Wednesday, October 22, 2014

Monday, October 20, 2014

Read This! Grades 5-6

Tell Me
by Joan Bauer

Anna's parents are fighting a lot, and her dad has some definite anger issues. She is sent to her Grandmother Mim's house for the summer in the midst of the town's flower festival. Anna is an actress, and while playing a petunia at the library, she sees a girl who may be held against her will; however, not many people are willing to put stock in a 12 year old's story. Will she find the girl before something bad happens?

This is an interesting plot told by a funny and really interesting lead character. Anna is strong and tells her story and her feelings in a clean and concise manner. All of the supporting characters are realistic and intriguing, and Anna has wonderful friends. There is suspense and humor and many readers will enjoy this book! If you liked the characters in Wonder by R.J. Palacio or The View from Saturday by E.L. Konigsburg, you'll like this one!

Friday, October 17, 2014

Great Family Program!

Read This! Adults

The Art of Doing: How Superachievers Do What They Do and How They Do It So Well
by Camille Sweeney and Josh Gosfield

Find out how to be a dog whisperer from Cesar Millan, or how to open a great restaurant from David Chang or how to create a company culture from Tony Hsieh. People who are great achievers in one area are interviewed and break their advice down into ten tips to achieve success in their fields. Learn how to find love online from the founders of OkCupid, how to get the funk from George Clinton (ten steps!), and how to inspire a student from Erin Gruwell (who wrote Freedom Writers).

Is it going to change your life? Who knows? Maybe. The guy who wrote Freakonomics (Stephen J. Dubner) gives you advice on how to write a runaway bestseller (don't try to write a bestseller...) and it's sort of a letdown. You can easily skip any chapter because they are all self-contained.

Tuesday, October 14, 2014

Read This! Picture Books

Red Knit Cap Girl and the Reading Tree
by Naoko Stoop

Red Knit Cap Girl and her animal friends find a hollow tree. They make a library and everyone contributes something to help the group. In the end, readers learn that books are meant to be shared!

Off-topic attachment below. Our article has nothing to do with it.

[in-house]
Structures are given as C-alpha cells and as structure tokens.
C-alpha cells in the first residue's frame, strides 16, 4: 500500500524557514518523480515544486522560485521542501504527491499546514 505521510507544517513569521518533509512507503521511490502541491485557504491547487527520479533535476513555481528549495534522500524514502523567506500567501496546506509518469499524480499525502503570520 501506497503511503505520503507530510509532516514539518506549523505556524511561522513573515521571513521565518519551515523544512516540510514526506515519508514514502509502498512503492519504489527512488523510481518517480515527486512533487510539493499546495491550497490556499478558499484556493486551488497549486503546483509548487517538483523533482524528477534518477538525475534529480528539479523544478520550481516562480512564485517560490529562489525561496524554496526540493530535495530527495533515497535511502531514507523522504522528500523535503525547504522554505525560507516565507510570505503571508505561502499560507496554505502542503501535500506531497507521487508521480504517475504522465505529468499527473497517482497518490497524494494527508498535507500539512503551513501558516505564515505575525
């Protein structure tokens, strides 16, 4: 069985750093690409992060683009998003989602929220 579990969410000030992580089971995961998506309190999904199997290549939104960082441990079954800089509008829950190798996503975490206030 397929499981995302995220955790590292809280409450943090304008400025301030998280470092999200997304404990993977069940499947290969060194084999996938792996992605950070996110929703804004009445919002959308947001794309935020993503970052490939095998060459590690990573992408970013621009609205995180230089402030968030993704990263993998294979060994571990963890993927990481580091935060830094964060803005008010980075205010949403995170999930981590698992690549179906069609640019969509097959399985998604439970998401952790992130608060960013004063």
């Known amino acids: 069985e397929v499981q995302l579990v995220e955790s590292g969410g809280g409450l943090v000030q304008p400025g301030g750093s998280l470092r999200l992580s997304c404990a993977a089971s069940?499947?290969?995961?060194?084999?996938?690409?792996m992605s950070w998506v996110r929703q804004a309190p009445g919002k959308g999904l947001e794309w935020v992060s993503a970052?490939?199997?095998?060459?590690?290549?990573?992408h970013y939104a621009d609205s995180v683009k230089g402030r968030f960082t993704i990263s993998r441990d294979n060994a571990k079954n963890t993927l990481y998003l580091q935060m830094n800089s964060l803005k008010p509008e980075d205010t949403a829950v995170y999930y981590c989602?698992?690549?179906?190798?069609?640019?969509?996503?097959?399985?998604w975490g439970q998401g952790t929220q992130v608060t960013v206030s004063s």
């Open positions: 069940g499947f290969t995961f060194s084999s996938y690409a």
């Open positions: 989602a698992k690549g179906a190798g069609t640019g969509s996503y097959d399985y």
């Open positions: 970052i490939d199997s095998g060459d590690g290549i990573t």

This book is completely adorable from the illustrations to the message. The book itself is fairly simple, but it leaves this librarian with a huge case of the warm fuzzies!

Monday, October 13, 2014

Read This! Nonfiction for Kids

Explaining Blindness
by Lionel Bender

How do people become blind? What kinds of technology do blind people and sight-impaired people use? How can you help people who are blind who may (or may not) need your assistance? This book answers these questions and more with a very thorough look into the loss of sight. There are "personal story" sidebars of different kids with sight impairment and the different coping skills they use. It also explains how the eye works, and how glasses and ocular surgeries can repair damaged eyes.

Though it is short in pages, this book has a very high level of vocabulary. Children interested in the senses or who want to know more about the future of technology to help those that are sight impaired will like this book.

Wednesday, October 8, 2014

Read This! Grades 4-6

Under the Egg
by Laura Marx Fitzgerald

Theodora has to take care of her (sort of crazy) mom in their old house in Greenwich Village, and the little money her grandfather left for them is starting to dwindle. Before he died, he told Theo to look under the egg, and she eventually finds a very rare old painting that is probably worth millions! However, she doesn't understand how her grandfather, a guard at the Metropolitan Museum of Art, came to have such a rare work in his possession. She is determined to get to the bottom of the mystery and save the family home without sullying her beloved grandfather's name.

This is a really interesting mystery that involves art, art history, the Holocaust, Nazis, military history, and many famous (and infamous) places in New York. Theo (and the friends she makes along the way) are really thoughtful, interesting characters and the mystery is intricate without being hard to understand. The layers peel back, and the answers are revealed to readers who will be thrilled with the end of the story. If you liked The Mysterious Benedict Society, The Calder Game series, or The Westing Game, this is certainly a great new mystery for you!